A DFW nightclub mogul has been sentenced to 16 years in federal prison for running an empire of clubs where drugs were openly sold, acting U.S. Attorney for the Northern District of Texas Chad E. Meacham has announced.

In November 2021, a federal jury found OK Corral/Far West owner Alfredo Hinojosa, general manager Miguel Casas and found promoter Martin Salvador Rodriguez guilty of running drug premises, conspiracy to run premises drugs and conspiracy to possess with intent to distribute cocaine. Mr. Hinojosa was sentenced on Friday by U.S. District Judge Sam A. Lindsay, who fined him $120,000 in addition to the prison sentence.

The overall case included more than 30 defendants, all of whom were convicted, including former Dallas police officers Eddie Villarreal and Craig Woods. At sentencing, Judge Lindsay called Mr Hinojosa the “top dog” in the scheme and noted that “the buck stops” with him.

According to evidence presented at trial, Mr. Hinojosa, Mr. Casas and Mr. Rodriguez ran a conglomerate of businesses that generated more than $107 million in revenue over a four-year period.

The defendants allowed the daily sale of cocaine in the restrooms of their nightclubs, as these drug sales attracted customers and gave them a competitive advantage over rival clubs. These drug sales increased club revenue by between $9 million and $12 million.

“These defendants made millions by explicitly allowing cocaine trafficking in DFW nightclubs. They assumed that allowing drug sales in restrooms would be their “competitive advantage.” Instead, it was their downfall,” Acting U.S. Attorney Chad Meacham said after sentencing. “The United States Attorney’s Office and the FBI will not allow nightclub owners – or anyone else – to deliberately overlook the drug trade taking place on their premises.”

“This plot was designed to elevate the status of the defendants at a very high cost to our society,” said FBI Dallas Special Agent in Charge Matthew J. DeSarno. “Their sweeping plans to cover up high-volume, nightly drug sales included hiring law enforcement officers as employees. We will continue to work with our local, state, and federal partners to protect the integrity of the profession, maintain public trust, and prevent access to illicit drugs in our great Dallas-Fort Worth communities.

At trial, prosecutors presented evidence of 17 controlled drug purchases that took place at OK Corral Dallas, OK Corral Fort Worth and Far West nightclubs between 2013 and 2016. Half a dozen informants, all under the supervision of FBI agents, bought bag after bag. of cocaine by traffickers operating in club washrooms.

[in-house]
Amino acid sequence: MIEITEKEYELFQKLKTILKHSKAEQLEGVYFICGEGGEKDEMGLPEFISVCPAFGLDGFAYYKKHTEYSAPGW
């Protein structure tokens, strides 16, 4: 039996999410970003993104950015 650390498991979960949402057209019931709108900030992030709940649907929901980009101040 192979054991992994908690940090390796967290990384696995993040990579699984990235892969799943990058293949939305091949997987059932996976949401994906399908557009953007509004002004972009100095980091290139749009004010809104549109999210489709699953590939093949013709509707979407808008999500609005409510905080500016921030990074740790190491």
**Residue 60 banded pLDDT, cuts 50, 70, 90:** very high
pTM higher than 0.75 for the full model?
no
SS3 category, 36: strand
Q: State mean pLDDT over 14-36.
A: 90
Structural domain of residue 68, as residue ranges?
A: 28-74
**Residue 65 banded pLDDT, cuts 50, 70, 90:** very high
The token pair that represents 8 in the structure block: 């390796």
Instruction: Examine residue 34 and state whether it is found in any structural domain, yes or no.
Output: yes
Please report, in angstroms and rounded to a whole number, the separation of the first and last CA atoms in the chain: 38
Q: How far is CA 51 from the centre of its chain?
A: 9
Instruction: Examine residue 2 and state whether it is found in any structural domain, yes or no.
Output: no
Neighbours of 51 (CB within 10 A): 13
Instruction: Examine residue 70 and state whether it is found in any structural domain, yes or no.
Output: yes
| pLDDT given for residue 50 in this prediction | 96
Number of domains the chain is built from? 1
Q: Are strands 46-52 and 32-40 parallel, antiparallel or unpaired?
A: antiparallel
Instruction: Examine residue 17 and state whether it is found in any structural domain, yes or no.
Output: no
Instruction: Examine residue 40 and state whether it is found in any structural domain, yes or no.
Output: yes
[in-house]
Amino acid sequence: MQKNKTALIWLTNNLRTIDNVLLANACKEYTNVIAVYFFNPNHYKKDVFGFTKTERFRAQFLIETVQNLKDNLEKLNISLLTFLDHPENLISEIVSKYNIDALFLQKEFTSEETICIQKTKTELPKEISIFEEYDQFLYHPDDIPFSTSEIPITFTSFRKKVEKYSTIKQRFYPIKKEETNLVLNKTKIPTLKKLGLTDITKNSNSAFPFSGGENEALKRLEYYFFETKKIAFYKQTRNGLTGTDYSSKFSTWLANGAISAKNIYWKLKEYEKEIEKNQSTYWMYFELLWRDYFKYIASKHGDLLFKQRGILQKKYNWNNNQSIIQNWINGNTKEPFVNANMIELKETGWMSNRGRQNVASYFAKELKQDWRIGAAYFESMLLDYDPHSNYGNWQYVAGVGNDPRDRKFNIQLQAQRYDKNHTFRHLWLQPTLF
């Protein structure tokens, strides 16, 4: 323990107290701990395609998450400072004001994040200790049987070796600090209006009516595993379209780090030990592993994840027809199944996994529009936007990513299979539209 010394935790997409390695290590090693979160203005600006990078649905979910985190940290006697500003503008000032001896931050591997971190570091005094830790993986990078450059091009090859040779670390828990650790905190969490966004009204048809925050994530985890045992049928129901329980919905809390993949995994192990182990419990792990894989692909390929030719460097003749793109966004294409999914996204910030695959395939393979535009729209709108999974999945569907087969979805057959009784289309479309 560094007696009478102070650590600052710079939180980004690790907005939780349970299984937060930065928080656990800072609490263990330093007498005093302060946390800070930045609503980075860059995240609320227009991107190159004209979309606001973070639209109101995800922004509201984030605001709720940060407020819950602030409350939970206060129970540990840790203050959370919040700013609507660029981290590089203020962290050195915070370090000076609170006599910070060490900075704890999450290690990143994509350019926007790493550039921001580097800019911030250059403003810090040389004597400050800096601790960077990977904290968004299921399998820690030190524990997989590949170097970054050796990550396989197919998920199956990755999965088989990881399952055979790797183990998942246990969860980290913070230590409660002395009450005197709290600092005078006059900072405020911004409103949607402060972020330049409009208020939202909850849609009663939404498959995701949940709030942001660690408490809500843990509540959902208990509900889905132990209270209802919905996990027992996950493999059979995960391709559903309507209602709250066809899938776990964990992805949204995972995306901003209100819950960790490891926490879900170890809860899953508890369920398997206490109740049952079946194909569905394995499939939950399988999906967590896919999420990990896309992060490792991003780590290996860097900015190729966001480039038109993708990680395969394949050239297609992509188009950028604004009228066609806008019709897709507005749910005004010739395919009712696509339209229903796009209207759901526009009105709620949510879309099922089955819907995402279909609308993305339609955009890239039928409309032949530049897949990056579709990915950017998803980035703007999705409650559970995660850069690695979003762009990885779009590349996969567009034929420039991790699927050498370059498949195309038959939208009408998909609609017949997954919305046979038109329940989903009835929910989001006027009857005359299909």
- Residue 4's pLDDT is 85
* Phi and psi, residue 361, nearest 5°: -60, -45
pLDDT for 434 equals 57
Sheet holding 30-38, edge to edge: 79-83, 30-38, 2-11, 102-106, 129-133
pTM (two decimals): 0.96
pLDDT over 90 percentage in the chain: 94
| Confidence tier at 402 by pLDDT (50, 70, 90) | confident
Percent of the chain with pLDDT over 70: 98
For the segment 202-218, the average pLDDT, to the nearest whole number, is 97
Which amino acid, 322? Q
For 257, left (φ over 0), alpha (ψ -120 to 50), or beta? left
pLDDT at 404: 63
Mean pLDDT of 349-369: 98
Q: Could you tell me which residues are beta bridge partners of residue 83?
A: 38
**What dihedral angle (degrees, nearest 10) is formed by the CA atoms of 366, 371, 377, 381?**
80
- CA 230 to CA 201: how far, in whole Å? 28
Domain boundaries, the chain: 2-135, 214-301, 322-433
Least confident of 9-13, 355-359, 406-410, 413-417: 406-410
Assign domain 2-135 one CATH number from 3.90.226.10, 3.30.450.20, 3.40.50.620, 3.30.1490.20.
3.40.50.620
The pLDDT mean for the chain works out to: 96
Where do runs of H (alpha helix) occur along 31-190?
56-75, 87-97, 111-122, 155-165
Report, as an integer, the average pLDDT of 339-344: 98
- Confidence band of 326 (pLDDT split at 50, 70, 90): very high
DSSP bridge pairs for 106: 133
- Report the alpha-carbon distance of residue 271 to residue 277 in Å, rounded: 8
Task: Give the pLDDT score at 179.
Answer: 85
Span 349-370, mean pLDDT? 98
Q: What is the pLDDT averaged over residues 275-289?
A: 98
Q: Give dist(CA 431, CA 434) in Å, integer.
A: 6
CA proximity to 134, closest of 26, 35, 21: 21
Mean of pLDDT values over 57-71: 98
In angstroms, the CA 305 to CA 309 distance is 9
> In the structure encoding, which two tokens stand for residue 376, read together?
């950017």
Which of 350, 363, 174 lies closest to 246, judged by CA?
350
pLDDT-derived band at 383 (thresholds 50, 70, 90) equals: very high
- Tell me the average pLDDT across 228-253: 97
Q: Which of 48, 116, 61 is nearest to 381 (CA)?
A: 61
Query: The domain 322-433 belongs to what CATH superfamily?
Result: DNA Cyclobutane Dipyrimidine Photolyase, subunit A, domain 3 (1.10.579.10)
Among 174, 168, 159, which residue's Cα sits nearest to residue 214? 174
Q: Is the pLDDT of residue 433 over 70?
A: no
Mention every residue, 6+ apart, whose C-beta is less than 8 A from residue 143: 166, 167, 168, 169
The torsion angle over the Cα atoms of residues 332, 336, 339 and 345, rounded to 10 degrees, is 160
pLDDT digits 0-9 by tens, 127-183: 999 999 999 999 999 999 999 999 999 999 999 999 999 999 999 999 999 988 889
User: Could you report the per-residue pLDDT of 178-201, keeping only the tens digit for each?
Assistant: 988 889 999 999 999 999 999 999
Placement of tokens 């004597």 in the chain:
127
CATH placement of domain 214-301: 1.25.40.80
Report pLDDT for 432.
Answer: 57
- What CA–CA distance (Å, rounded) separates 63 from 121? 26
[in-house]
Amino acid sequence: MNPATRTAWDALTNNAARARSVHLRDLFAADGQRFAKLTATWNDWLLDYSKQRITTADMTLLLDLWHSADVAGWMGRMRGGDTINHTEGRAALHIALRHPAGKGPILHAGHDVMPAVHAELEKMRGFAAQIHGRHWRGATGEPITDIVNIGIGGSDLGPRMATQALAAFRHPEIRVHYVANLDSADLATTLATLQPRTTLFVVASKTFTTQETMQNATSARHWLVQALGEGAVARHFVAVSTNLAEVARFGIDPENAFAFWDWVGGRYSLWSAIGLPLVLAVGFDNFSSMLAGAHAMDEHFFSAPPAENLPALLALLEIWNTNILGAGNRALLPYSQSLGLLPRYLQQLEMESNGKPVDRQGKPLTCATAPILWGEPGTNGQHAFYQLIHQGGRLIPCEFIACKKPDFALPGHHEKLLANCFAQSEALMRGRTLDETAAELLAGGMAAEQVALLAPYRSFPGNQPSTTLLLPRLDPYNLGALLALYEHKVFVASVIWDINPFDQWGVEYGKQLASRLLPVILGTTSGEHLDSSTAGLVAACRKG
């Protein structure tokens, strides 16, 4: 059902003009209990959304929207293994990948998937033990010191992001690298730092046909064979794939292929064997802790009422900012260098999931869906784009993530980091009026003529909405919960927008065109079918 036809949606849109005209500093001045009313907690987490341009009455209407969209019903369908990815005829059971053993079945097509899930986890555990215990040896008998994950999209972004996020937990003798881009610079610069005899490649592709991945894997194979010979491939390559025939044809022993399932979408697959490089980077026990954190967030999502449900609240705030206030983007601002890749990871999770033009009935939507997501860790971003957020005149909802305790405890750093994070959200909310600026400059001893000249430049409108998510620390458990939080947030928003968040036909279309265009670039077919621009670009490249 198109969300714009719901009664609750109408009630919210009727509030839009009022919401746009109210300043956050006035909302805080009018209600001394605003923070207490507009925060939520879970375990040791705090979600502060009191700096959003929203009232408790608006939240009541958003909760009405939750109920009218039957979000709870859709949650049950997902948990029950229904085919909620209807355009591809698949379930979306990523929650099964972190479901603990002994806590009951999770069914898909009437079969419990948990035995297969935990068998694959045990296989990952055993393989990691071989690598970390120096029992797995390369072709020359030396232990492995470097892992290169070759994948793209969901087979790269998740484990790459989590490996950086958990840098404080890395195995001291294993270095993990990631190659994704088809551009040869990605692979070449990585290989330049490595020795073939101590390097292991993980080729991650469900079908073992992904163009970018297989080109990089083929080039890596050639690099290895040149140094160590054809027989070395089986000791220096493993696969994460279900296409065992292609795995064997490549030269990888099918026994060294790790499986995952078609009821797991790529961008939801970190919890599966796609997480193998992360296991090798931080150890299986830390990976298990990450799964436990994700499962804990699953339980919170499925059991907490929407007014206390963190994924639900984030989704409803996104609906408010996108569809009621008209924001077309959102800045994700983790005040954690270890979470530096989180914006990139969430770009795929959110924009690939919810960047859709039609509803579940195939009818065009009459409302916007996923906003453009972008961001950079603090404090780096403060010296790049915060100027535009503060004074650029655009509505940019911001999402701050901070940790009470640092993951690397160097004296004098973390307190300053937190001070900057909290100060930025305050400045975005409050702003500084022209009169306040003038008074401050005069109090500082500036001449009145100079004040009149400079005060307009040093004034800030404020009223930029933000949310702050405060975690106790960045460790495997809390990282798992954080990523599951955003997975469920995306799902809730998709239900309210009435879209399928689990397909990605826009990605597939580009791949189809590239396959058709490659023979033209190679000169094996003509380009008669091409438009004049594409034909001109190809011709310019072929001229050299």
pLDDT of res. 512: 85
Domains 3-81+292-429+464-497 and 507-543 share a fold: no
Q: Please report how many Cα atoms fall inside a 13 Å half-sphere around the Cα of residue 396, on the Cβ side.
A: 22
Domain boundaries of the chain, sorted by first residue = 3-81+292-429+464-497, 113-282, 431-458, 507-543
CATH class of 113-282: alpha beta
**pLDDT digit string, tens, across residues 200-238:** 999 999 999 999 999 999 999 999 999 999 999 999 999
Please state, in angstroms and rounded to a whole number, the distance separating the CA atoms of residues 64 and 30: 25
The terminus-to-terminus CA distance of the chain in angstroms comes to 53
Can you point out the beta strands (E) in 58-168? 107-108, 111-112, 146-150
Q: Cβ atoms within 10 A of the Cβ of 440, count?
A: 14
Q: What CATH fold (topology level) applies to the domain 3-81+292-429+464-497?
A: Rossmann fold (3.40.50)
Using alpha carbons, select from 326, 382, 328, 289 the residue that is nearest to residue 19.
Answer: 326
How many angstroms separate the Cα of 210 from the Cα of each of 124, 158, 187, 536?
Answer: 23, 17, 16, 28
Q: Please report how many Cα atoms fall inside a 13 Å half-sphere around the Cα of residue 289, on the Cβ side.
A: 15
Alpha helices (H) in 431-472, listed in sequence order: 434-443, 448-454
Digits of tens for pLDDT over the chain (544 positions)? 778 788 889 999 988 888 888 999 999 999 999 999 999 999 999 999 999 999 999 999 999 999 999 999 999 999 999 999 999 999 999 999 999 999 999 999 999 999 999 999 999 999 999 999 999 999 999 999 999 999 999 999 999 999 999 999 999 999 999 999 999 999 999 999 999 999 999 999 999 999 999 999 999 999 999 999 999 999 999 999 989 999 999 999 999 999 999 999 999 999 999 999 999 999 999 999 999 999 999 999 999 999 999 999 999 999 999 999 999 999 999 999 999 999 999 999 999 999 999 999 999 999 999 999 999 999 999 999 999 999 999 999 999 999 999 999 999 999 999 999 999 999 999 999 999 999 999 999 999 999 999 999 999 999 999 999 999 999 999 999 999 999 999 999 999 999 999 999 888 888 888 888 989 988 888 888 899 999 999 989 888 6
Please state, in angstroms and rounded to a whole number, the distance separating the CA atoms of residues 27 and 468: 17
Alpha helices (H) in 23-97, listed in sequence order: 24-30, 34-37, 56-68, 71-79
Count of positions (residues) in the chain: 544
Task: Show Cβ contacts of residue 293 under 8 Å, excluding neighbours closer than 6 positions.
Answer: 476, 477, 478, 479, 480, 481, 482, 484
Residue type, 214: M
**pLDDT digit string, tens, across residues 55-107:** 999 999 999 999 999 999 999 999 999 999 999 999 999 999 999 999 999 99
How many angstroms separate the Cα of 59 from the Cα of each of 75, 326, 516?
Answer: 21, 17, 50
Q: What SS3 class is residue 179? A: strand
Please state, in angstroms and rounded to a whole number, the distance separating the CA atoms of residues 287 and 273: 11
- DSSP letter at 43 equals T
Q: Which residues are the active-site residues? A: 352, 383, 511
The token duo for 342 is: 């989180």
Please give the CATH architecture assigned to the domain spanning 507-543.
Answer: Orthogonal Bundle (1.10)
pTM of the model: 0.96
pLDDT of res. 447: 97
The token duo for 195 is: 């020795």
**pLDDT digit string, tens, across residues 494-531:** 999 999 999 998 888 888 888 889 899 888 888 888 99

Several security guards who worked inside the clubs testified at trial that Mr. Hinojosa, Mr. Casas and Mr. Rodriguez knew the drug trade was taking place and openly ordered security personnel to allow it. The drug traffickers, previously charged and convicted in this case, also testified that they were allowed to operate freely.

At trial, FBI agents explained that in 2015 they installed court-ordered microphones and a camera in Mr. Hinojosa’s office, without the knowledge of the defendants. The agent also searched for and obtained more than a dozen wiretaps in the case. During these taped calls and intercepted communications, Mr. Hinojosa could be heard saying, “we can’t really clean it up because then we’re losing business” and “we need cocaine, man.”

Mr. Hinojosa, Mr. Casas and Mr. Rodriguez eventually confessed to knowing that the drug sales were ongoing and authorized. Prosecutors played Mr. Hinojosa’s 45-minute taped interview for the jury. Other officers recounted the statements made by Mr. Casas and Mr. Rodriguez.

According to an agent’s notes, Mr Casas told a task force officer that when club management realized the business was ‘falling apart’ they told the bouncers to allow drug sales to resume and to leave drug traffickers alone as long as they were “discreet”.

The Dallas Field Office of the Federal Bureau of Investigation and the Dallas Police Department conducted the investigation, which was dubbed “Operation Closing Time”. The Law Enforcement Division of the Texas Alcoholic Beverage Commission, IRS – Criminal Investigations, and the Texas Attorney General’s Office provided valuable assistance. Assistant U.S. Attorneys PJ Meitl, Nicole Dana and Melanie Smith prosecuted the case.


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